Your first time...

To install a hard drive. Mine seems to be on the verge of conking out on me, so I’d like to know, from those of you who’ve been through this before: just how difficult, on a scale of 1 to 10 (where 10 is brain surgery and 1 is clipping your toenails), is it to put in a new hard drive by yourself???

The machine that apparently needs this operation is a Compaq Deskpro (with a measly 2GB HD) that has been notifying me of “imminent SMART hard drive failure” for the last couple of days. I thought it must be in err, since the machine still seems to be running fine, but when I downloaded diagnostic software from Western Digital (the maker of the drive), it confirmed the bad news. It gave me a “0208” error code – “cannot be restored to defect-free status and should be replaced,” according to the software and WD’s website.

So, what I’m thinking I’d like to do, if I can manage it, is get a new drive, install and format it, and essentially dump Windows and the other software directly from the existing drive onto the new one. I say directly because I don’t have a zip drive or some other external device that I can use for a full backup/restore, and I also don’t know how I would get my hands on Windows95 again. (Another machine of mine has Windows98, but the Japanese version, which isn’t always fun to use.)

I’ve looked through the FAQ’s and message boards at Western Digital and downloaded an installation guide. I think I understand the basics of the operation, but I still can’t really tell how hard/complicated/messy/easy to screw up the whole thing is going to be. Any advice or opinions from you former first-timers out there? Thanks!!

If you have a basic understanding of how hard drives and the CMOS/BIOS on your computer work you should be ok. Here are the steps you will need to do (hopefully I won’t forget any, although I’m sure someone will correct omissions.)

1)Make sure you have a boot disk that includes format and fdisk
2)Install the new drive as the Master and make the old drive the Slave (this will probably require jumper setting changes on the old drive; the new drive will probably already be set to Master.)
3)Make sure your new disk shows up in the CMOS correctly
4) Boot with your boot disk, fdisk the new drive, format the new drive
You should now have both drives available in dos. The tricky part is going to be dumping the stuff off of the old drive to the new drive. I don’t think a straight copy will work for the OS, although someone else may be able to answer that more difinitively. I would recommend getting a copy of Ghost or another program which is specifically designed to clone drives.

When you are done you can format the old drive and use it for non-critical storage. Also, Western Digital is pretty good about replacing bad hardware in my experience, so you may be able to get a replacement out of them.

Difficulty - I’d say a 3.

A couple of provisos - I only know about IDE hard drives, not SCSI, and compaqs use a proprietary case which may be harder (or easier) to work inside than a basic box.

Inside the case, there is a whole mess of power and ribbon cables which WILL get in the way. It’s easy and safe to pull ribbon cables out, but NOTE WHERE THEY WENT and WHAT WAY ROUND they went. Draw diagrams, take polaroids, stick little labels on things. Otherwise you can enter a trial-and-error world of pain making the thing work again.

Power cables are harder to pull out, but they at least are interchangable and cannot be put back in the wrong way.

Since you want to replace your old hard drive with your new one, it’s easiest to connect the thing within an open case and do all the file tranferring before actually bolting things in place. I tend to have the new drive precariously balanced on the case when doing this sort of thing.

If IDE 2 on your motherboard is free, plug your new drive straight into it with an IDE ribbon cable and connect a spare power cable to the drive. Otherwise, configure your new drive as SLAVE (the drive instructions should tell you how) and hook it to one of the current IDE ribbon cables. (Plus a power cable of course.)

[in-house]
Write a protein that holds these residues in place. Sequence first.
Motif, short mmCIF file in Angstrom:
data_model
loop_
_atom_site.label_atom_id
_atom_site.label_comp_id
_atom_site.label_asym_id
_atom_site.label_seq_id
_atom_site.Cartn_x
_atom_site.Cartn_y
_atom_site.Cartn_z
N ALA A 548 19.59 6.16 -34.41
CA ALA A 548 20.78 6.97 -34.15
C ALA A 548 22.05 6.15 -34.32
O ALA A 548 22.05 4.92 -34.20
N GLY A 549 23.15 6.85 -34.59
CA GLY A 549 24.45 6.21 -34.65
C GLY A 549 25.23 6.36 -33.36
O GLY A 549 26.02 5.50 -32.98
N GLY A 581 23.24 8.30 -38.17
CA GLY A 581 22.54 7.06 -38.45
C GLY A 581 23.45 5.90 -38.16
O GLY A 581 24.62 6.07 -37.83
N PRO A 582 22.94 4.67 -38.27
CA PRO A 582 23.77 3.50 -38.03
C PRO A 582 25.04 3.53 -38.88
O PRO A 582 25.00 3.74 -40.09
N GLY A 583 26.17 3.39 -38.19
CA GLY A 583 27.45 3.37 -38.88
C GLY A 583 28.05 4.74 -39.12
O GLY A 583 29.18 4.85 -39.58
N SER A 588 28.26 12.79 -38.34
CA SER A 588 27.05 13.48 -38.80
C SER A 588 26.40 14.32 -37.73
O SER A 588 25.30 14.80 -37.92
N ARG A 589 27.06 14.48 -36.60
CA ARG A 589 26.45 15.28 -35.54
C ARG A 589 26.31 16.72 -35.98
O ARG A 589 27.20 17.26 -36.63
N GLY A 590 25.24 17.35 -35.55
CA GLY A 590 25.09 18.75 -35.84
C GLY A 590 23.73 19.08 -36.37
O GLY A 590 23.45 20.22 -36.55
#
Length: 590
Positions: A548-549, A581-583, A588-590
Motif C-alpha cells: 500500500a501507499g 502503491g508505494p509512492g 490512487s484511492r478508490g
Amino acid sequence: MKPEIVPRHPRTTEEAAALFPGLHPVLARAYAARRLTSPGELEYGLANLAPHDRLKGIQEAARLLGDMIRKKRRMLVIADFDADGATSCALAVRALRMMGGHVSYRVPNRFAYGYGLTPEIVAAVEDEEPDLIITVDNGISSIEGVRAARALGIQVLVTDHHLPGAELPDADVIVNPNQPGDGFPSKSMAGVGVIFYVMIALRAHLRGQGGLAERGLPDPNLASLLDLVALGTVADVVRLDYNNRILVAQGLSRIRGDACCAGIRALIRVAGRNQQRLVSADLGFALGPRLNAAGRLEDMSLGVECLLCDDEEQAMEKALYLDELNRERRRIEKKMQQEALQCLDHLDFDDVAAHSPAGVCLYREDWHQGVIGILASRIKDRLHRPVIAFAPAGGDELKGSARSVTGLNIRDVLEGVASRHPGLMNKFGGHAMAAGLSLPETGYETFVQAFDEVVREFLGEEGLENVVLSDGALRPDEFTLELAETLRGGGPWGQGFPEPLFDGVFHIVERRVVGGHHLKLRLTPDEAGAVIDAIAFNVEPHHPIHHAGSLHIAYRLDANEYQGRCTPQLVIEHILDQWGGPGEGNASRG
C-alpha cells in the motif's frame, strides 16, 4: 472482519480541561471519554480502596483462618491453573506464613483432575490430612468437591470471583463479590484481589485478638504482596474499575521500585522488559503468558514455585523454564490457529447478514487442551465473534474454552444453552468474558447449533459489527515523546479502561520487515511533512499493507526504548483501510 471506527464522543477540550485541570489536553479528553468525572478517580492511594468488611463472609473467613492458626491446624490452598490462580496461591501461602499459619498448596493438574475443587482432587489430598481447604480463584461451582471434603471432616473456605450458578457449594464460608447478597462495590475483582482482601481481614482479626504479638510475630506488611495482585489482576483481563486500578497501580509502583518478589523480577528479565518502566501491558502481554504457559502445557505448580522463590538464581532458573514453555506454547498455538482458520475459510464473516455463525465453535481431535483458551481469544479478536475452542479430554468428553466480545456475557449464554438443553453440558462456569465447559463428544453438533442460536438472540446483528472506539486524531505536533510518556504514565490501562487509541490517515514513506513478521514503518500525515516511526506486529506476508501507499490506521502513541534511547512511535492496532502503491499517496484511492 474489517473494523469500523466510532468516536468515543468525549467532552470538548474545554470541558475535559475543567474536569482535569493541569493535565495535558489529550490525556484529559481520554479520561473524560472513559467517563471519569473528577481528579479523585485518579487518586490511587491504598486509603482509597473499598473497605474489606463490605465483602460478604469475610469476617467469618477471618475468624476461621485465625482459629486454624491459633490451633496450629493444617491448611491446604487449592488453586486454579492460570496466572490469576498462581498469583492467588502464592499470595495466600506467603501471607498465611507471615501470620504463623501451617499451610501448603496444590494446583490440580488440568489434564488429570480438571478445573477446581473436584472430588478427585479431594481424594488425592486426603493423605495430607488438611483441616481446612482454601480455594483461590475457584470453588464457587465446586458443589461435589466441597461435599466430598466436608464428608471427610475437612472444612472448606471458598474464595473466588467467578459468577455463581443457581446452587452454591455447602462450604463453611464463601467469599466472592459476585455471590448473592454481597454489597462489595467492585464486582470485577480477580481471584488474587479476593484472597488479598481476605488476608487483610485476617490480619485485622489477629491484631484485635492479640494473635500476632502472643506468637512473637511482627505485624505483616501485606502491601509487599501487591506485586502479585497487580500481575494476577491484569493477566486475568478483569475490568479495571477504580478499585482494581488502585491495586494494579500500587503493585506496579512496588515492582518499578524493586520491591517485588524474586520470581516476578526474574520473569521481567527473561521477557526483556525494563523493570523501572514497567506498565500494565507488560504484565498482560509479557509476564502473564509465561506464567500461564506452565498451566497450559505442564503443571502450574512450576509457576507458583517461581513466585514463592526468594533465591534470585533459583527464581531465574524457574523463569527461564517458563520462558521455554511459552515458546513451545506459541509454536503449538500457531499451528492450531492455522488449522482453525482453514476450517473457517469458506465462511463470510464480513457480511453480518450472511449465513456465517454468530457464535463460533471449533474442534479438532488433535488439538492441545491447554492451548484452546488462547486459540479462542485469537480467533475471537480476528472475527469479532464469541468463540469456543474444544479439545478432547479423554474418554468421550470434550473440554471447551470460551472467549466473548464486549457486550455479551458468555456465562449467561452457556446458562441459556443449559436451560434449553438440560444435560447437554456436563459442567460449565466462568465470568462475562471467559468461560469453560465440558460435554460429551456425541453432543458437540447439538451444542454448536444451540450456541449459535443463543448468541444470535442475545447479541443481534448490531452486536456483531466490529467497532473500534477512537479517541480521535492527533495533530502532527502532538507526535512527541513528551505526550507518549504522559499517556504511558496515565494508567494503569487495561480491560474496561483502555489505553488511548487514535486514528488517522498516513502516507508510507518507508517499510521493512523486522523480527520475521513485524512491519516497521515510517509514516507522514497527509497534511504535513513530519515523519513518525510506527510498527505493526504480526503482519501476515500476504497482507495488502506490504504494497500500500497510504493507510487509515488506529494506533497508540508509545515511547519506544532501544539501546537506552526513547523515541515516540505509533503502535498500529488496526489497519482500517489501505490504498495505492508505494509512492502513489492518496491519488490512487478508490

Start your computer. See if it autodetects the new drive. If not, you’ll have to enter the BIOS setup and run the detection utility.

Fire up windows, restart in MS-DOS mode and use fdisk to format your new drive. You will have FAT16 vs FAT32 decisions to make - do a bit of reading on FAT and partitions.

Now, restart windows. See if your new drive is there. See what drive letter it has. (If you partitioned it, it may have several.) Try copying a few files to it and back. Satisfy yourself it works okay.Then…

Start the MSDOS prompt within windows and type:

xcopy32 C:\ (new hard drive letter):\ /e /c /f /h /r /k /y

This will clone ALL the C drive files to your new hard drive, even the files which are in use, and preserve long file names, file attributes, and empty folders. It’s your best bet for preserving your old setup, but it isn’t completely guaranteed to work because Windows does funny dynamic things with the registry. (If you have partitioned your new drive into several drives, use the first drive letter of your new drive.)

Restart windows in MSDOS mode and type:

sys C: (new hard drive letter):

This should copy the C drive system files to your new hard drive.
NOTE: I don’t know if this works for copying from a FAT16 formatted drive to a FAT32 formatted drive! Doubtless someone else will know.

If all has gone well, you’re now in a position to bolt your new drive where your old drive was and connect it to the same ribbon cable.
(remember to reset it to MASTER if you’d set it to SLAVE. You may have to reenter BIOS setup and redetect the new hard drive as well.)

Your previous setup should be nicely preserved and functioning as before. The first partition of your new drive should be the new C drive, and the computer shouldn’t know the difference.
Finally, wait a while before starting. Get some other suggestions. See what better informed, professional people have to say!

It may be better to boot from a floppy and transfer the files without windows being active. I don’t know how you preserve long file names in that instance. Does xcopy32 give you full functionality without window running?

Hi mikan,

IMHO, you have a touch of luck for having a WD hard drive. For starters, their website help is extremely good. (Relatively speaking of course. There may be better info out there, but WD’s is still excellent.) There is a lot of good information and very good utilities to be used on their drives.

Next is their customer service / tech support. Read everything you can find on the page about installing a drive, and then call them. They have an eight hundred number and (typically) not too long of a wait. I’ve found their tech support to be friendly, humorous and not condescending. (Again, this is all my own personal experience - as with any organization I am sure there are chuckleheads).